HISTORY. Race Forward was founded by Gary Delgado as the Applied Research Center (ARC) in 1981. In 1998, it began publishing the award-winning Colorlines magazine, whose goal was to popularize racial justice narratives and center the people of color who fought for them. ARC changed its name to Race Forward in 2013. In 2017, it merged with the Center for Social Inclusion, which had been founded in 2001 by Maya Wiley and Jocelyn Sargent and whose flagship operation was the Government Alliance for Race and Equity. Race Forward bridges the efforts of analysts, activists, community groups, government, and national organizations to develop and implement policy ideas that advance racial equity.
Race Forward develops and shares tools to advance narrative and cultural power, equity, and justice for communities of color. We develop and implement institutional and sectoral change strategies to operationalize structural racial equity. We engage governmental structures, providing training, materials, and support to hundreds of member governmental agencies nationwide that have made a commitment to advancing racial equity. In toto, we mobilize, build skills, develop leaders, build alliances, frame issues, and construct messages, and provide training to advance racial equity solutions.
MISSION. Race Forward catalyzes movement building for racial justice. In partnership with communities, organizations, and sectors, we build strategies to advance racial justice in our policies, institutions, and culture.
VISION. We imagine a just, multiracial democratic society free from oppression and exploitation, in which people of color thrive with power and purpose.
PURPOSE. The American Dream is not a dream for everyone. The disproportionate and ongoing impact of the COVID 19 pandemic on the health and economic livelihoods of communities of color; police violence that continues to kill unarmed Black people; revived White nationalism that has led to attacks on Asian, Muslim, Arab, and Jewish people; institutionalized efforts to undermine voting rights and the concept of fair and free elections; and the rise of efforts to restrict the very mention of race and its role in America’s history demonstrate how much of a nightmare that dream can be for people of color. All of these ills, and many more, are insidious legacies of the implicit biases and institutional, structural, and operational racism, and intentional racism that corrodes our society.
Confronting those issues and restoring our progress toward that “more perfect union” requires the direct involvement of local and regional governments, the concerted action of grassroots communities of color and the organizations that serve them, and sincere, authentic engagement between the two that centers the lives and value of people of color. Such engagement will encourage innovative policies and practices that lead to racial equity, while developing larger narratives about race and the potential for a multiracial democracy in our country.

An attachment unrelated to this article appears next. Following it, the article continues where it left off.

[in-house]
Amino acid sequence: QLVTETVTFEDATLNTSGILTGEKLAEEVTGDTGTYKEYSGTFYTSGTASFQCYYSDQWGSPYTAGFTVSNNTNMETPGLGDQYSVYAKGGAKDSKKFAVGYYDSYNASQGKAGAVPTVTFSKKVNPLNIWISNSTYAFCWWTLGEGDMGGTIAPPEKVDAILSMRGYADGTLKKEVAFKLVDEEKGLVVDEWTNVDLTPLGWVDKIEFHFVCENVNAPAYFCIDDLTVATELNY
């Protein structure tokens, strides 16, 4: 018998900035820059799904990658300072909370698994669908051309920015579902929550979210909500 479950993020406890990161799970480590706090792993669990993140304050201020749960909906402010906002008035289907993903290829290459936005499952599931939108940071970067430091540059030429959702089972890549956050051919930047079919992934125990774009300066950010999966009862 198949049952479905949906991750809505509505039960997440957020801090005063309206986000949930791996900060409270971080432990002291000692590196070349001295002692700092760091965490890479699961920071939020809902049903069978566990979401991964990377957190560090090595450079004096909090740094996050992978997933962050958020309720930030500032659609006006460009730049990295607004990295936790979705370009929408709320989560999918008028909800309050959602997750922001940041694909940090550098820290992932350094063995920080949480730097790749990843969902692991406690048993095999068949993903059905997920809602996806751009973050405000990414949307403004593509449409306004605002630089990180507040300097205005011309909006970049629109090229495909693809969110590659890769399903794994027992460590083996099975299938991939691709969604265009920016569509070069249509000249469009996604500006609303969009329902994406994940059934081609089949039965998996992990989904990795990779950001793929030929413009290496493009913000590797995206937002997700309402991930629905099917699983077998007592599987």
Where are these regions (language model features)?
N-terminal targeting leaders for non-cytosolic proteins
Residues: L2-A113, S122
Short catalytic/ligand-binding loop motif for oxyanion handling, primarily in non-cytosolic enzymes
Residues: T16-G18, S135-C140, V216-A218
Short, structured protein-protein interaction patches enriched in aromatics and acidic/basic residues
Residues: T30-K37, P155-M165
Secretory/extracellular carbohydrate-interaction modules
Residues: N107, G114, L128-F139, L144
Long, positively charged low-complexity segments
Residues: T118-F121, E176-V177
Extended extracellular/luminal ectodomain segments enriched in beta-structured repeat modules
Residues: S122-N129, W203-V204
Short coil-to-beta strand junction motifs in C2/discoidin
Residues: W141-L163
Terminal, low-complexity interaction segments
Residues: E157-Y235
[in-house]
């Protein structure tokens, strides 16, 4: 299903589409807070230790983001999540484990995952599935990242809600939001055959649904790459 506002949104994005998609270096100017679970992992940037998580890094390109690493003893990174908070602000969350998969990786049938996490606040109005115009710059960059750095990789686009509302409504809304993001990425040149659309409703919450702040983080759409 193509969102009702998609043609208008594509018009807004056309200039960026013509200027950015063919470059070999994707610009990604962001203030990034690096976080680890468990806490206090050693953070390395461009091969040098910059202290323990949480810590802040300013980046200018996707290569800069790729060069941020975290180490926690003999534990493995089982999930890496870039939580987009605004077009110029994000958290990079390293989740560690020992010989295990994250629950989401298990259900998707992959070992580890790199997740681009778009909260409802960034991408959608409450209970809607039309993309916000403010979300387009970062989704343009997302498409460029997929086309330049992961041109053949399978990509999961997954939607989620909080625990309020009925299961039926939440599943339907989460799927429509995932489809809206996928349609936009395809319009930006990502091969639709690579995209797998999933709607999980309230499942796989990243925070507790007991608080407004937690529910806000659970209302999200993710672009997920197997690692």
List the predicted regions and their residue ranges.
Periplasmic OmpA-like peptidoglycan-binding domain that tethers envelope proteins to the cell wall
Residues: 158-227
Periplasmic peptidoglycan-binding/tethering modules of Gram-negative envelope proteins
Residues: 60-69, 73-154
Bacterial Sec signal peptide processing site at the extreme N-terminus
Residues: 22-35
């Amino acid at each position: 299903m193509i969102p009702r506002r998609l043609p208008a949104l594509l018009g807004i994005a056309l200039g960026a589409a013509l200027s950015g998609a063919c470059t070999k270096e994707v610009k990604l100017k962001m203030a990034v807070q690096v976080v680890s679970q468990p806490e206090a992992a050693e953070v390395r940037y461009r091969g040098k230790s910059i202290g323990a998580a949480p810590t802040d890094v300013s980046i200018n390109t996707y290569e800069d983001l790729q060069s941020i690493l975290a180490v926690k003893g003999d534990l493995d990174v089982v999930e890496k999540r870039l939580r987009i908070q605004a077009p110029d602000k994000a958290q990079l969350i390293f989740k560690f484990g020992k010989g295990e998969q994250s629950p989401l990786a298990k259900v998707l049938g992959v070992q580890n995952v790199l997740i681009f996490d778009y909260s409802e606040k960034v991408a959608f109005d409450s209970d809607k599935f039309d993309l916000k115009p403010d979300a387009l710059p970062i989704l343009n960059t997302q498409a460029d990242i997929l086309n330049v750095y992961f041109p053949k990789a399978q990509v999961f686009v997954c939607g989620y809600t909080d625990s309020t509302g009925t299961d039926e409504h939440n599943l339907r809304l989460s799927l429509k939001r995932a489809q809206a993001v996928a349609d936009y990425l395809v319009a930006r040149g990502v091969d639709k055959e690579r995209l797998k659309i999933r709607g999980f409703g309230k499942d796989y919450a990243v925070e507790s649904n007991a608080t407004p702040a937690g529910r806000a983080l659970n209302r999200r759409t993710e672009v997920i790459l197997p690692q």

Race Forward builds leadership through multi-racial coalition building, convenings, leadership development, and trainings. We develop and share tools to advance narrative and cultural power, narrative and cultural equity, and narrative and cultural justice for communities of color and our shared liberation. We develop and implement institutional and sectoral change strategies to operationalize structural racial equity. We do this through our Theory of Change, which mobilizes the resources of our Departments to catalyze and support communities, government, philanthropy, and other institutions to achieve racial equity.
Our Theory of Change calls for us to:
Grow Power: We need connected and aligned networks of people, organizations, and movements to build the collective power (economic, social, political etc.) necessary to counter structural racism and steward transformative solutions for racial justice.
Transform Culture: We must harness the power of narrative, arts, and culture to assert the full humanity of communities of color, challenge racist ideologies that fuel structural racism, and envision a more just and equitable future.
Transform Policy: We must position communities of color and other historically oppressed communities as leaders and decision-makers in the policy-making process in order to create racially equitable policies at all levels.
Transform Institutions/Sectors: Institutions across multiple sectors of society (e.g., government, philanthropy, non-profit, private, etc.) must operationalize racial equity in their policies, practices, programs, and products.
We mobilize our organization’s five programmatic departments (Narrative Arts and Culture, Movement Capacity Building, Strategic Communications and Public Engagement, Institutional and Sectoral Change, Applied Research), three cross-cutting Initiatives (Place Based, Facing Race, Mass Freedom), and two administrative support operations (Development/Strategic Partnerships and Finance/Administration) to activate this theory by developing policies that advance racial equity; building leadership capacity through multi-racial collaborations; building narrative power, narrative equity, and narrative justice for communities of color; and implementing institutional and sectoral change strategies to operationalize structural racial equity.